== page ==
Popular posts from this blog

Exciting news!!

It's been awhile since I've written a blog post. This semester has been busy--not only because of school stuff, but also because of exciting life things. About a month ago, the most amazing man got down on one knee and asked me to marry him! And of course, I said yes!

Honestly, there were times that I questioned if I would ever marry someone. Living with cystic fibrosis is hard. Choosing to be with someone with cystic fibrosis is almost crazy. Think about it; I am not a normal 23 year old. I have to plan and plan and plan to make sure I fit breathing treatments, exercise, and eating into my schedule. When I travel, I have to take a crazy amount of stuff with me--my Vest, nebulizers, compressor, pills, inhaled medication, puffers, and snacks. I have to make sure I sleep 8-9 hours a night because my body uses more energy than most, and I need sleep to fight infection. I have to have a course of IVs at least twice a year. It's hard to be spontaneous and adventurous because CF…

CF limits

I was always told I could do anything.

That CF couldn't stop me.

That, even though my day to day life looked a little different with treatments and pills and hospitalizations, I could still be "normal".

I'm finding out now that's not necessarily the case.

Growing up, I knew I was different, but I still functioned like a normal kid. The only time I remember CF limiting me was my freshman and sophomore years in high school. My doctor, mom, and I made the decision to sit out of marching band my freshman year and to keep me on the sidelines running the metronome and helping how I could without actually participating my sophomore year. Junior year I was finally able to join marching band, and my senior year I was a drum major, so CF didn't limit me that much by the end of it all. I finished college in four years with a major, a minor, honors, and summa cum laude. I am in grad school now and will graduate on time summa cum laude with my masters in speech pathology.…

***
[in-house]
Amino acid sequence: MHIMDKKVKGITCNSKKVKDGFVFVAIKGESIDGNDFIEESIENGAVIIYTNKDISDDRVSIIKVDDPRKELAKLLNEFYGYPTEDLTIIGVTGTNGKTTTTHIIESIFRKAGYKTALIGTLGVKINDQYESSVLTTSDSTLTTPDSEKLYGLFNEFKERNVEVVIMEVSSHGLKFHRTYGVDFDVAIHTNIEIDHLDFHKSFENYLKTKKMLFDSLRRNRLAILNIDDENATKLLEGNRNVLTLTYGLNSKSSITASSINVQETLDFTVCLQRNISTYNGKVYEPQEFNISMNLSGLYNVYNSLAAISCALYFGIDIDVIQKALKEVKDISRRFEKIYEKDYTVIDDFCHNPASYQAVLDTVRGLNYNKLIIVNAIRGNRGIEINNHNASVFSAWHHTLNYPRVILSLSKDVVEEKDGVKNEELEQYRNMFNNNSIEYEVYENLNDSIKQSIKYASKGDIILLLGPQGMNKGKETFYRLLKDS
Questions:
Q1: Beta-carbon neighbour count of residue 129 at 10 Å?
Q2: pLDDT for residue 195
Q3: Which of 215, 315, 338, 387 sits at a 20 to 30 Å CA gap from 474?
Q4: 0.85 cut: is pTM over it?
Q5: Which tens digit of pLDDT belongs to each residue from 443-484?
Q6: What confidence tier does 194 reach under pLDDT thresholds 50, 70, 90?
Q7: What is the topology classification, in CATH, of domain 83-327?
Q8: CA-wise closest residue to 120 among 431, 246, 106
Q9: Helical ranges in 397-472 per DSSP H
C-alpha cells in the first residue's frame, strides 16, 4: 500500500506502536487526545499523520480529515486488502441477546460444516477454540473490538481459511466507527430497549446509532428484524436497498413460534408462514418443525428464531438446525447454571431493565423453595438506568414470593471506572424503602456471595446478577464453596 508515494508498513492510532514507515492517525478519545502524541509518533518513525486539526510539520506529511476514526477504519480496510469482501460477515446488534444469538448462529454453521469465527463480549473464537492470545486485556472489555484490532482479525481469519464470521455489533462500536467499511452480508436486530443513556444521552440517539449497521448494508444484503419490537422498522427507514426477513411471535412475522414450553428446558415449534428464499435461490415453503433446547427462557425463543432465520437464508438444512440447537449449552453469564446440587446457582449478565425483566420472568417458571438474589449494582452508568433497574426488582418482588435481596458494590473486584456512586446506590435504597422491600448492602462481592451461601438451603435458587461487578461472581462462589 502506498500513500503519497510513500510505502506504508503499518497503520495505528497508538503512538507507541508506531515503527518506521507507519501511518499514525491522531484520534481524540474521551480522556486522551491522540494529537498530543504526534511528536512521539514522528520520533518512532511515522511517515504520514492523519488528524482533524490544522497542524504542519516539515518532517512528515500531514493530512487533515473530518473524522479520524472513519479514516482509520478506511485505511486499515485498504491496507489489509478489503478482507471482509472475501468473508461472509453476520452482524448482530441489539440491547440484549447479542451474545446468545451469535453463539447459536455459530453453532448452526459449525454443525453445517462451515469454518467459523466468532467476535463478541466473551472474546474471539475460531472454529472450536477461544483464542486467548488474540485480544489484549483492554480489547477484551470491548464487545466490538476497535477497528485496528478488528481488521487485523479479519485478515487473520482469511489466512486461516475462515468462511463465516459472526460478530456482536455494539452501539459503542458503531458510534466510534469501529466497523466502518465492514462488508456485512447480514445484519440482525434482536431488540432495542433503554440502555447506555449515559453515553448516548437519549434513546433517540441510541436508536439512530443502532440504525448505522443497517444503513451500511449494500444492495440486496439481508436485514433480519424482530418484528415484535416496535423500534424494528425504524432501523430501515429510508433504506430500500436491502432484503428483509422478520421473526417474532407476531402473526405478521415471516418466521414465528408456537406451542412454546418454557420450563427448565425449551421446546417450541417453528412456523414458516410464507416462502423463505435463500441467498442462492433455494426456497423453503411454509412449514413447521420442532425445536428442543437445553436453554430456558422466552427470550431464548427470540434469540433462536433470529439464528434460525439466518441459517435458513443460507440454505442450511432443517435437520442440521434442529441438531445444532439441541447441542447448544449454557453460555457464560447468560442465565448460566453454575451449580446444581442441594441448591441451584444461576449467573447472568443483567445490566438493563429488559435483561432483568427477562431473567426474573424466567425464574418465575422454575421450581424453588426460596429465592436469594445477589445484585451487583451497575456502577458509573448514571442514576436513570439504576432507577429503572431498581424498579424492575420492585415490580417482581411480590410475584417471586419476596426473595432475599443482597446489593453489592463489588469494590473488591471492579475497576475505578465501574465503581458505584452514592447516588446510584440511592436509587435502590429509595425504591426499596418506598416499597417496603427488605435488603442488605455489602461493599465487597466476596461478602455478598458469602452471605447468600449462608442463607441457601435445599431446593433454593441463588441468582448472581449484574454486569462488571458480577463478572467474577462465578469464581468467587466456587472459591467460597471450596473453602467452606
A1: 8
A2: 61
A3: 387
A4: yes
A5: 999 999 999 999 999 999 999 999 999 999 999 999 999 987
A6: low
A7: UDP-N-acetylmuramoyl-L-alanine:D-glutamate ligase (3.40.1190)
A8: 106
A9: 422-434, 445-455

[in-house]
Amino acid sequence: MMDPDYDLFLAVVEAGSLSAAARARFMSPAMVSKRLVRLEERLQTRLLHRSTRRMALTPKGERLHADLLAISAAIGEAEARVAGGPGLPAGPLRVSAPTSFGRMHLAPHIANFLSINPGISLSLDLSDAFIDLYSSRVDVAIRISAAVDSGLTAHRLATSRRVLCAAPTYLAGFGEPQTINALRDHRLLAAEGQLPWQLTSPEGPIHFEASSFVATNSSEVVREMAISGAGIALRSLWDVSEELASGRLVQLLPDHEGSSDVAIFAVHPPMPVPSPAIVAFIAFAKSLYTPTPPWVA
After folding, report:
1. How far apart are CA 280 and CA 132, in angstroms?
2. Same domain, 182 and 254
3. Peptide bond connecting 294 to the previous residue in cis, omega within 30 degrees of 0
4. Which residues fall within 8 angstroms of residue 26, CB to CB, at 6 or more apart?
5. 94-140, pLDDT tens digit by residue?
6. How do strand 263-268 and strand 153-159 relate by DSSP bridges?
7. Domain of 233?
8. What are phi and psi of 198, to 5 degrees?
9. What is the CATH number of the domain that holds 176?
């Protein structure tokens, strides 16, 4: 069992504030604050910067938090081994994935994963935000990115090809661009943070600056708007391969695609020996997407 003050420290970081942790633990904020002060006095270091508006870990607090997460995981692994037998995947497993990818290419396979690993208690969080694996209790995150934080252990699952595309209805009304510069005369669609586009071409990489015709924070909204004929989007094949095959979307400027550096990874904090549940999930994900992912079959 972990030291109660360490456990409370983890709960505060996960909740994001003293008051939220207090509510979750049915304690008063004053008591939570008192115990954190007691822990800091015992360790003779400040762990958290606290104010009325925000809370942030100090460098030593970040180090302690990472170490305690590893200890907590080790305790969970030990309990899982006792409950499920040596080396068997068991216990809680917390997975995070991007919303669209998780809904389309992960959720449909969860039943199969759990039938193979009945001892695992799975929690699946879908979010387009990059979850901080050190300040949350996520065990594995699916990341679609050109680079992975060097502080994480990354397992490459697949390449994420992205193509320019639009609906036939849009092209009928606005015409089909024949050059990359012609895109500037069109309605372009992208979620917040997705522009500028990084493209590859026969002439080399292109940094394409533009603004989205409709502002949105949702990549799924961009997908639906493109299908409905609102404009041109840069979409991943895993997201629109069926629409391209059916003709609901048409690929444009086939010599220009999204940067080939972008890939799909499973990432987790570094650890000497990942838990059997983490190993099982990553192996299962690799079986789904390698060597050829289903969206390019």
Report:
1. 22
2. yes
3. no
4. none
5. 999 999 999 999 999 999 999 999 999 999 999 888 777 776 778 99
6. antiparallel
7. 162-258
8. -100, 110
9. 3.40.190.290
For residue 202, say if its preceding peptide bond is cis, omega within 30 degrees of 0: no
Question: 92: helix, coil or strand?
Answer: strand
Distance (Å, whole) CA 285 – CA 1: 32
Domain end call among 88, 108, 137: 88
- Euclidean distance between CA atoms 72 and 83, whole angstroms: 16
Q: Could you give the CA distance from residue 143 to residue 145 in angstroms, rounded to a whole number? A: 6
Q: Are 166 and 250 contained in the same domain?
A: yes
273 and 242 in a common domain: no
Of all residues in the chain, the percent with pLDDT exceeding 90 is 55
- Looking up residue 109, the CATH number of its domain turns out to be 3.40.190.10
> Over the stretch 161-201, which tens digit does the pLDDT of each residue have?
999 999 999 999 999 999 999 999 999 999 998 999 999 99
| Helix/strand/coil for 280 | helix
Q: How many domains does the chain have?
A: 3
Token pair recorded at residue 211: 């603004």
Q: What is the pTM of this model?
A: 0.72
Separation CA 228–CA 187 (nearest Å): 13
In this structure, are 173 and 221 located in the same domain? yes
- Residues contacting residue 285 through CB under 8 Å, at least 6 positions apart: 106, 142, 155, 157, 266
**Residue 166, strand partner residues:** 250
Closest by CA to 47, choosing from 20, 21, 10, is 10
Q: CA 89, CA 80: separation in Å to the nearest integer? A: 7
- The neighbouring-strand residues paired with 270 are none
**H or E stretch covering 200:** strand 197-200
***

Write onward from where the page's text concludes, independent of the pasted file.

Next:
The false narrative

Today I was at church with my parents. After the baby dedication, the pastor prayed over the families. It was a fine prayer until he said something along the lines of "raising kids in a Christian home is the best way to ensure kids grow up healthy". This is when I opened my eyes and tuned out the rest of the prayer. Honestly, this is where I tuned out the rest of the service. This false narrative is exactly why American Christianity can be so out of touch with the world.
No. No. No. This is not how God works. Yes, in a world without struggle and pain and heartache, I wouldn't have cystic fibrosis. But in our current, broken world God uses illness and weakness to prove His strength and power and love. If God wanted to heal me, I have full confidence that He could and that He would. I know there are people who have experienced divine healing. But in many cases, God uses our weaknesses rather than spontaneously healing us. In 2 Corinthians 12, Paul says, "But He (the Lo…